And who did this? It was a 'rogue' traitorous soldier of the Afghan National Army - who has since been in contact with the BBC giving his excuses and attempting to justify his actions.

That 'soldier' is, apparently
... now the subject of a massive manhunt led by elite SAS troops.
Who will, Mrs R guesses, give him either a bunch of flowers or a box of chocolates when they find him, and maybe even offer him counselling to ease his trauma.

Ambush Predator has written about this. Mrs Rigby is only doing so because she spotted a link on All Seeing Eye to a poem. The poem offers an insight, showing the stark contrast in military 'ethics', and enemy action, between now and when Rudyard Kipling was earning his Nobel Prize for Literature. Kipling knew of the fierce loyalty of the Gurkhas, and how they might be expected to react to the death of one of their Officers - although this fictional poem is referring to the Indian Army of the time.
The Grave of the Hundred Head
by Rudyard Kipling

There's a widow in sleepy Chester
Who weeps for her only son;
There's a grave on the Pabeng River,
A grave that the Burmans shun;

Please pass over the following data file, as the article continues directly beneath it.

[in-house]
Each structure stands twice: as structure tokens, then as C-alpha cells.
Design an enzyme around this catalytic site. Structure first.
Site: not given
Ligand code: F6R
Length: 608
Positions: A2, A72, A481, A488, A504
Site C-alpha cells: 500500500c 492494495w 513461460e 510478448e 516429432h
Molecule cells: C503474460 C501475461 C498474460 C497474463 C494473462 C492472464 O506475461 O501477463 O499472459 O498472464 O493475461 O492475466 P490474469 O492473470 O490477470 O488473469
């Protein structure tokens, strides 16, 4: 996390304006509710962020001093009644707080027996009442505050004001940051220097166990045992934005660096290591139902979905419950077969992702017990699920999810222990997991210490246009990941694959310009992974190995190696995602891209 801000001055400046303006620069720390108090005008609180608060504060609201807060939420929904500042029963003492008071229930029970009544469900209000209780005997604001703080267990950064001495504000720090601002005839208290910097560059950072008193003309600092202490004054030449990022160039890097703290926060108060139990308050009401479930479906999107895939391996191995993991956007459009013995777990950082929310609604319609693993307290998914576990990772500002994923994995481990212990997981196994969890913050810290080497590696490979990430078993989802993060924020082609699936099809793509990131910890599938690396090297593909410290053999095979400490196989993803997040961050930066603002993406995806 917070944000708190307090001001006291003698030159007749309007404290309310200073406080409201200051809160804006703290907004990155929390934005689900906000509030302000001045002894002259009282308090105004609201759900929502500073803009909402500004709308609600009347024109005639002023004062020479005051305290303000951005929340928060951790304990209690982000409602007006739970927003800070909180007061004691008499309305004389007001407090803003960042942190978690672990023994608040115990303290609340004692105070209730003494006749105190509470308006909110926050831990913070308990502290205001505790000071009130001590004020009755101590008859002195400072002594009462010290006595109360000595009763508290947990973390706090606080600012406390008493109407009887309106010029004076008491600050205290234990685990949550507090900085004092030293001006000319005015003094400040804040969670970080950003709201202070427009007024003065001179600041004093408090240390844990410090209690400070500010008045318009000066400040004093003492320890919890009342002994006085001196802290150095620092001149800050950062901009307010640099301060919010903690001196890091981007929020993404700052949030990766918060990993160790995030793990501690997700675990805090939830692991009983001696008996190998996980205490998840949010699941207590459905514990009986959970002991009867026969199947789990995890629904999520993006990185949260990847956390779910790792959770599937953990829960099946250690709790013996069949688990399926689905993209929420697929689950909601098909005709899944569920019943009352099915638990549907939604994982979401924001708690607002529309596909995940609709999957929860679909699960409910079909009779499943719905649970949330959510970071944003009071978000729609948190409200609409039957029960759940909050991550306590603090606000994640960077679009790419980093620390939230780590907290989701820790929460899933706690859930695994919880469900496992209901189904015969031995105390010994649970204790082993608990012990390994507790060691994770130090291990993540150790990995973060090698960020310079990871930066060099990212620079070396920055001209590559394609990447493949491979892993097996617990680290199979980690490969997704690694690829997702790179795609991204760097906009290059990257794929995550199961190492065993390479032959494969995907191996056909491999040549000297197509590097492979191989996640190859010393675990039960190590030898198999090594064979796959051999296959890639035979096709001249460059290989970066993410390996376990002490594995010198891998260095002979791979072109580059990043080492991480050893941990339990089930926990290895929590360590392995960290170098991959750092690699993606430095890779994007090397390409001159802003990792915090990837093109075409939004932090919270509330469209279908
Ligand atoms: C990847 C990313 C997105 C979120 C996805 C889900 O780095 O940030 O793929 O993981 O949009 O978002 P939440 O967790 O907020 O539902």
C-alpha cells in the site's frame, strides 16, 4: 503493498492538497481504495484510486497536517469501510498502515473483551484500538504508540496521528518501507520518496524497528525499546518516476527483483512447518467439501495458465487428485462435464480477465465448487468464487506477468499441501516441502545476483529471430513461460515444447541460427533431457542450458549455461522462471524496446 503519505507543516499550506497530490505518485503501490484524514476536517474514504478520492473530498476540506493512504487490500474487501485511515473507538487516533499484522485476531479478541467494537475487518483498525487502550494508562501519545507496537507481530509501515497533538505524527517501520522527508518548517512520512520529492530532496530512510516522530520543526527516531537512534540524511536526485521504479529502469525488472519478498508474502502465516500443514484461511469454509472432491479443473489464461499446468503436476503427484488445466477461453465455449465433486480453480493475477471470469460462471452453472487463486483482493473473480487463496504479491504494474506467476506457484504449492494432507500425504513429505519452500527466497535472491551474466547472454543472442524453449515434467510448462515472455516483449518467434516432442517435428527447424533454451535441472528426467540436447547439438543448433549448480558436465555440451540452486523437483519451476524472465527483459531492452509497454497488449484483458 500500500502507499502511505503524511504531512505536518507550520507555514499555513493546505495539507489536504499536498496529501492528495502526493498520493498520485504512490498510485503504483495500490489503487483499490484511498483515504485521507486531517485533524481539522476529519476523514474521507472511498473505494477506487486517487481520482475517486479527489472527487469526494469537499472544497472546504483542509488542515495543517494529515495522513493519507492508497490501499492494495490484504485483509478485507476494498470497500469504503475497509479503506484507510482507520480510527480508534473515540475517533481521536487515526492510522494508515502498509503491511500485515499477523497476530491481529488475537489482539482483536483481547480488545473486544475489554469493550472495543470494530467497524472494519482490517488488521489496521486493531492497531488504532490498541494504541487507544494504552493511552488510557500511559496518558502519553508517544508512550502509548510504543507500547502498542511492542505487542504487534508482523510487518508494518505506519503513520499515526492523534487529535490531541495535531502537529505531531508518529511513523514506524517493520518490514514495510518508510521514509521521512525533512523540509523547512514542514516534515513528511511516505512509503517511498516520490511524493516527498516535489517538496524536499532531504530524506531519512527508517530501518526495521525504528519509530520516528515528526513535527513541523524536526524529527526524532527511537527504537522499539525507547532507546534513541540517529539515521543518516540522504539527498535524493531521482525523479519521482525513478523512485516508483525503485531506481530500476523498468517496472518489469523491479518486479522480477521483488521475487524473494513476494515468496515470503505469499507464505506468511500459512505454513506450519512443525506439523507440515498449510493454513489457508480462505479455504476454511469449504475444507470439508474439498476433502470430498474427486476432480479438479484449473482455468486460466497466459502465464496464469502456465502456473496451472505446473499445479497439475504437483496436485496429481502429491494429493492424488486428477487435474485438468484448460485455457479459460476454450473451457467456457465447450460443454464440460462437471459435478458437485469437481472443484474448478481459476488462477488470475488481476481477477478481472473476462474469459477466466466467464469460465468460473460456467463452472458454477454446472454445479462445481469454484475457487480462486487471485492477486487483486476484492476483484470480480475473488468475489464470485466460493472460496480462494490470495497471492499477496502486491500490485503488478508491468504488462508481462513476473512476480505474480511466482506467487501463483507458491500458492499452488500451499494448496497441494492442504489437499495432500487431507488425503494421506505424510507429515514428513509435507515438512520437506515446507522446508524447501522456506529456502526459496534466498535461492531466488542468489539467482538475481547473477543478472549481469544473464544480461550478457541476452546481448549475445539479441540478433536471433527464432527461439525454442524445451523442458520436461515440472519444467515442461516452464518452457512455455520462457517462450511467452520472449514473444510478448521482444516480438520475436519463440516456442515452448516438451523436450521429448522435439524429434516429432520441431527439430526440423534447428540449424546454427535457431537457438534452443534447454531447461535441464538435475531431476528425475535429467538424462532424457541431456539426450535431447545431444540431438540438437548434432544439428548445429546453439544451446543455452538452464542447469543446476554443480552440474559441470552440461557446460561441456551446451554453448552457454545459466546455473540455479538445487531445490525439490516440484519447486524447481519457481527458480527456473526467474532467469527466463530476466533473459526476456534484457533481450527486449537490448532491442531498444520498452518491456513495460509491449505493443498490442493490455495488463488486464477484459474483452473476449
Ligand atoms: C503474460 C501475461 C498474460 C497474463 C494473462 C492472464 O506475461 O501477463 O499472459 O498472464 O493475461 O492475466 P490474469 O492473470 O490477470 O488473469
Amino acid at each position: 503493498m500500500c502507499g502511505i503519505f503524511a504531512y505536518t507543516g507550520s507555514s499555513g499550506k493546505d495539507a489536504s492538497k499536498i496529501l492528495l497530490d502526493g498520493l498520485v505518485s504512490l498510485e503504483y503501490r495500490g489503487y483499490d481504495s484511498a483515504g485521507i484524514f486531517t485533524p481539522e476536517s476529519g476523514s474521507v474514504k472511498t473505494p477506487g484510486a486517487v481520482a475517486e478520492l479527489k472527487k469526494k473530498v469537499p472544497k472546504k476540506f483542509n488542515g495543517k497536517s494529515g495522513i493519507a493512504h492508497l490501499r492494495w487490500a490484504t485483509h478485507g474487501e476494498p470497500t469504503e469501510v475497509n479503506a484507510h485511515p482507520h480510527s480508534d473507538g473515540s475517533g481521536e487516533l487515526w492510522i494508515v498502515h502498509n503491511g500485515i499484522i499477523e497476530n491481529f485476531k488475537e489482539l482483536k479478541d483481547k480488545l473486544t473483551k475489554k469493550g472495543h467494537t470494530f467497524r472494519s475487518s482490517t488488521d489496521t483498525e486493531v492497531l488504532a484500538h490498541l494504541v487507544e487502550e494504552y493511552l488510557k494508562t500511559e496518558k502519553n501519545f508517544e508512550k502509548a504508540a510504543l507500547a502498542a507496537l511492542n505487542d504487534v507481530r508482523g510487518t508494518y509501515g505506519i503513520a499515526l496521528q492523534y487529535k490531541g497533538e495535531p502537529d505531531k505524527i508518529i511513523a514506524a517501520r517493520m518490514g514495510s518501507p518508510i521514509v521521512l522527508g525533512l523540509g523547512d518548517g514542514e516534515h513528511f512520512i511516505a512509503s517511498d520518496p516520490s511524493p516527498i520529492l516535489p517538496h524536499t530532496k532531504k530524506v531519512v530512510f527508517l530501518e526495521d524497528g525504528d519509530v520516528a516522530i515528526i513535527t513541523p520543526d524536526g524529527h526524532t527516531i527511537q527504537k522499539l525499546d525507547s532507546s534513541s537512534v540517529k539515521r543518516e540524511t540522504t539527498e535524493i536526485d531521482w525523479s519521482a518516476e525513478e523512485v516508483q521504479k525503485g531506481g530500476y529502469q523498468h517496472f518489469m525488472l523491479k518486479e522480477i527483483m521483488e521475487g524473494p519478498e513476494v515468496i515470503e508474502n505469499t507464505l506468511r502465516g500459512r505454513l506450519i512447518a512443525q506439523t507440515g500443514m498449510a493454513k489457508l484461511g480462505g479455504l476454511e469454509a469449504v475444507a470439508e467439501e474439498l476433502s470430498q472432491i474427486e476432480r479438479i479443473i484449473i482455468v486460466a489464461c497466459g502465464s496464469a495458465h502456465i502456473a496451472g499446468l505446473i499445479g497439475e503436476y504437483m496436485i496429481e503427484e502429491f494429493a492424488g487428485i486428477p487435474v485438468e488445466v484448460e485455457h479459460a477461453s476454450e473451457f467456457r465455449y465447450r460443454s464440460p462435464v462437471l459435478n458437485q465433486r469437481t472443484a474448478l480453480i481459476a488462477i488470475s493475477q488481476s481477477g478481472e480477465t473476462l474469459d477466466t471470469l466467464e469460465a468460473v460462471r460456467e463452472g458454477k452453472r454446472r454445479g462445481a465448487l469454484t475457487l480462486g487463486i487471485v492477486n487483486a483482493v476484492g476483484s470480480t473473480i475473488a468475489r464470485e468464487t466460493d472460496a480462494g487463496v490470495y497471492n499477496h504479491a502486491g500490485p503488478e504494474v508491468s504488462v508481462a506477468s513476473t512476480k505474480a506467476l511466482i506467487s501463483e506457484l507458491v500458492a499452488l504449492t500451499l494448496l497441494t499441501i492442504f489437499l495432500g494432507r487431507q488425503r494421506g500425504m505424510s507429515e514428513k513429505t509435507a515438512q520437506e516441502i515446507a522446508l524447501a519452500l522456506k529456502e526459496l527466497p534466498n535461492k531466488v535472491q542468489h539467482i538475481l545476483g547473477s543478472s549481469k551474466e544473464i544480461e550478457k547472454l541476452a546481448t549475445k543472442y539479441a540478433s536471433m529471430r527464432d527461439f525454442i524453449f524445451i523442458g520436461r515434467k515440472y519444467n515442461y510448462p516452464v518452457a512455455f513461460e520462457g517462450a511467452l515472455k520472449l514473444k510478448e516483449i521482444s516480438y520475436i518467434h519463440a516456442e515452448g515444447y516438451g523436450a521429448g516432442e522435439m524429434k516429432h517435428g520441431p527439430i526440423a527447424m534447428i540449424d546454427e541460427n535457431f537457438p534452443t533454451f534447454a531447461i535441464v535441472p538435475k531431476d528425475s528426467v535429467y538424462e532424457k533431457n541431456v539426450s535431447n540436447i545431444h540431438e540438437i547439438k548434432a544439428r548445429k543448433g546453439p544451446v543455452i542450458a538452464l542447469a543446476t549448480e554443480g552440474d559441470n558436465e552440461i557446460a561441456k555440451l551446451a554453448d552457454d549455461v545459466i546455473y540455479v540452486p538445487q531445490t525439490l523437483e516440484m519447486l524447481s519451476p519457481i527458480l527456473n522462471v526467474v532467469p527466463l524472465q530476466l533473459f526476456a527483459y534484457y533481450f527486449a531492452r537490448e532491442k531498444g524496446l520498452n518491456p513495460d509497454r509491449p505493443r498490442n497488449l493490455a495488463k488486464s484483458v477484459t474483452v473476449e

And there's Subadar* Prag Tewarri
Who tells how the work was done.

A Snider* squibbed in the jungle,
Somebody laughed and fled,
And the men of the First Shikaris*
Picked up their Subaltern dead,
With a big blue mark in his forehead
And the back blown out of his head.

Subadar Prag Tewarri,
Jemadar* Hira Lal,
Took command of the party,
Twenty rifles in all,
Marched them down to the river
As the day was beginning to fall.

They buried the boy by the river,
A blanket over his face -
They wept for their dead Lieutenant,
The men of an alien race -
They made a samadh* in his honour,
A mark for his resting-place.

For they swore by the Holy Water,
They swore by the salt they ate,
That the soul of Lieutenant Eshmitt Sahib
Should go to his God in state,
With fifty file of Burmans
To open him Heaven's gate.

The men of the First Shikaris
Marched till the break of day,
Till they came to the rebel village,
The village of Pabengmay -
A jingal* covered the clearing,
Calthrops hampered the way.

Subadar Prag Tewarri,
Bidding them load with ball,
Halted a dozen rifles
Under the village wall;
Sent out a flanking-party
With Jemadar Hira Lal.

The men of the First Shikaris
Shouted and smote and slew,
Turning the grinning jingal
On to the howling crew.
The Jemadar's flanking-party
Butchered the folk who flew.

Long was the morn of slaughter,
Long was the list of slain,
Five score heads were taken,
Five score heads and twain;
And the men of the First Shikaris